Medicine Without Evolution is like Engineering Without Physics– Randolph M Neese, MD Director of the Arizona State University Center for Evolution.

The Roles of Intermittent Fasting and Carbohydrates in Cancer Therapy– Dawn Lemanne, MD, MPH, integrative oncologist.

 23 and Me: Practical First Steps-Deborah Gordon MD, discusses a practical approach to utilizing information from this genetic test.

Histamine Intolerance-Why (food) Freshness Matters– Georgia Ede MD.

 

Mood and Memory: How Sugar Affects Brain Chemistry-Georgia Ede, MD.

Systems Analysis and Multiple Sclerosis– Tommy Wood MD, author, blogger and lecturer, frequently interviewed on topics related to exercise and nutrition.

Cholesterol OMG– Jeffry Gerber, MD “The Diet Doctor” in Denver Colorado

Bob Hansen MD

 

 

 

Chronic Pain Reduced by the Paleo Lifestyle

I spend 50% of my clinical time treating chronic pain patients. A paleolithic diet which consists of pastured grass-fed meat, free range poultry and eggs, fresh seafood, fresh vegetables, fruits and nuts decreases inflammation by eliminating major sources of dietary induced inflammation.

Yesterday I saw a patient one month after he started a paleolithic lifestyle (paleo diet, 8 hours of sleep per night- cycling with the sun, regular exercise including a prescribed spine rehab program).

Within 30 days his pain  has decreased by more than 50%, He feels  more energetic. He stated “I have started to dream again and get a full night’s sleep”. He has lost 12 pounds in one month and his blood pressure is down. He is ready to return to work after not working for eight months (with some activity restrictions). He is not taking any opiate pain medication.

His MRI scan and X-rays of the spine will not demonstrate any improvement. He still has degenerative disc disease, one or more tears in a disc annulus (outer wall of the disc) and arthritis in the facet joints of his neck (cervical spine) and lower back (lumbar spine). But the lifestyle elements that have contributed to his chronic inflammation have been significantly reduced in just 30 days and he has benefited “tremendously” in his own words.

There are many mechanisms involved with chronic inflammation. Most patients with chronic pain have an inflammatory component. Many patients with chronic pain are overweight or obese. Excess visceral adiposity (fat around the internal organs) creates a state of chronic inflammation by constantly producing inflammatory chemicals called chemokines and cytokines. These inflammatory mediators are produced by the fat cells and by the white blood cells (macrophages) that reside alongside the fat cells. They contribute to a process called central sensitization where the brain and spinal cord nerves that mediate pain  become sensitized and over-react to sensory input. Interleukin 6 is one of these mediators. Increased levels are associated with fatigue, depression and a state of hyperalgesia where painful stimuli are amplified. Tumor necrosis factor alpha is another important inflammatory mediator produced in excess when excess fat accumulates around the internal organs. Weight loss is essential to decease systemic inflammation, particularly in the setting of chronic pain when someone is overweight or obese.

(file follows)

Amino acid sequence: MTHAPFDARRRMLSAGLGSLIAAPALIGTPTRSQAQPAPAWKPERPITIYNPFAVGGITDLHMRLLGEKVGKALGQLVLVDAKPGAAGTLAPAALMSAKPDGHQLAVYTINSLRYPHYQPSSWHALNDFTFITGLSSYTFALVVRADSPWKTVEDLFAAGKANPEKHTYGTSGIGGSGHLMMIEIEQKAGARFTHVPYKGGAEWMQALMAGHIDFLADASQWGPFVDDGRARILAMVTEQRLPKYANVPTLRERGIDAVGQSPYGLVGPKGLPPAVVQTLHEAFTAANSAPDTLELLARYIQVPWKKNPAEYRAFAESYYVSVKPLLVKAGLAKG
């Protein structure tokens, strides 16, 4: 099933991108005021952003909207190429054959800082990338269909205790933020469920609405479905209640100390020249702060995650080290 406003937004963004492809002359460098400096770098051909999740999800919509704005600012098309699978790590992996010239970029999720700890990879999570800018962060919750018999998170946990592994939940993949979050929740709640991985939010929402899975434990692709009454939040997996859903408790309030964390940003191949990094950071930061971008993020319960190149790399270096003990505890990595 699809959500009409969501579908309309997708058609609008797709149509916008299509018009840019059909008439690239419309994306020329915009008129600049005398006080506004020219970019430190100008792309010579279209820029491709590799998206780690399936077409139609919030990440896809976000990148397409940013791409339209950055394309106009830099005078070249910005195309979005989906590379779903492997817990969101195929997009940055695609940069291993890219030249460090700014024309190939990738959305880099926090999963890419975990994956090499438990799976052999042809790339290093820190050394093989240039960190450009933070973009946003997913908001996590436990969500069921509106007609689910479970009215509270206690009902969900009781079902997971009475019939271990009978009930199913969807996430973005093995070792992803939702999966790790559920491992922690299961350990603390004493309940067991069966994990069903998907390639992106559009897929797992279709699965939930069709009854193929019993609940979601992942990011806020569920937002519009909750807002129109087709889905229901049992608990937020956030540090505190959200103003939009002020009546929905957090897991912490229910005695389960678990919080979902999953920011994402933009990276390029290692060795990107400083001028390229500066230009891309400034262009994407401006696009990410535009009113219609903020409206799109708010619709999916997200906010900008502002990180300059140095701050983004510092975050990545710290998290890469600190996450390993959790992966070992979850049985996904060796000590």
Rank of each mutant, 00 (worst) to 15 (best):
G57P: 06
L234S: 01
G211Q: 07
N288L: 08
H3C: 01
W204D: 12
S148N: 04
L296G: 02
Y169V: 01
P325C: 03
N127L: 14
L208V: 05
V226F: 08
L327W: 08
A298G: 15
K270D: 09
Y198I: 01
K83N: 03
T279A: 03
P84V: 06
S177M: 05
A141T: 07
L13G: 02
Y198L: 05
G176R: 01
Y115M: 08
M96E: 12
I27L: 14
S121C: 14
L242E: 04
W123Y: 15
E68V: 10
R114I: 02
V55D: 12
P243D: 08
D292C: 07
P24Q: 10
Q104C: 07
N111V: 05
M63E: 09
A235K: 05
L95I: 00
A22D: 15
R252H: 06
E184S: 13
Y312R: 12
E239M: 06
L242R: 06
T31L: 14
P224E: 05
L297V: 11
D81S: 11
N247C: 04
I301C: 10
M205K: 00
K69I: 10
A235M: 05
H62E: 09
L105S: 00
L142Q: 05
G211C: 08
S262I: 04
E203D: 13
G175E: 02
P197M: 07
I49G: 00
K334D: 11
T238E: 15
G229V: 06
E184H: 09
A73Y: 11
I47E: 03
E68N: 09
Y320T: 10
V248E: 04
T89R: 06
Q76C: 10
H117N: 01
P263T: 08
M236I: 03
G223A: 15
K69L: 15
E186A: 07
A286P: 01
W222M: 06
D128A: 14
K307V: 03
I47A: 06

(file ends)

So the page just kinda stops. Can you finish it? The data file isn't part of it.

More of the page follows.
Pro-inflammatory foods can also increase inflammation by altering intestinal flora and increasing intestinal permeability. These mechanisms have been discussed in previous posts and in the manifesto page of this website.

Few patients follow my dietary and lifestyle advice. Most seem to prefer taking pills, getting injections and other interventional pain procedures. In other words, they prefer to “be-fixed” rather than  take lifestyle initiatives that are likely to not only decrease their pain but also improve their general health. As an interventional pain practitioner I encourage patients to take full advantage of the pharmacology and interventional procedures that are likely to help. But without significant changes in bad dietary habits, poor sleep hygiene and without adopting a rehabilitation exercise program the pills and injections/procedures are much less effective and the prognosis is poor.

Stress reduction is also essential for health in general and for pain reduction in particular. Yet despite repeated recommendations to utilize an inexpensive stress reduction workbook, few patients ever bother to take this important step to reduce pain, anxiety and suffering.

Our culture is one in which patients expect to “be fixed” rather than to be led down a path which leads to healing and functional improvement by actively participating in their own rehabilitation and healing. Our culture is also one in which  major organizations provide bad dietary advice, particularly with respect to encouraging increased consumption of grains and legumes which have pro-inflammatory components and anti-nutrients. We evolved over a few million years without consuming grains, legumes, refined vegetable olis or dairy. Our evolutionary biology and physiology thrive when these foods, particularly processed foods are eliminated from the diet and we consume only those whole natural foods we have evolved to eat.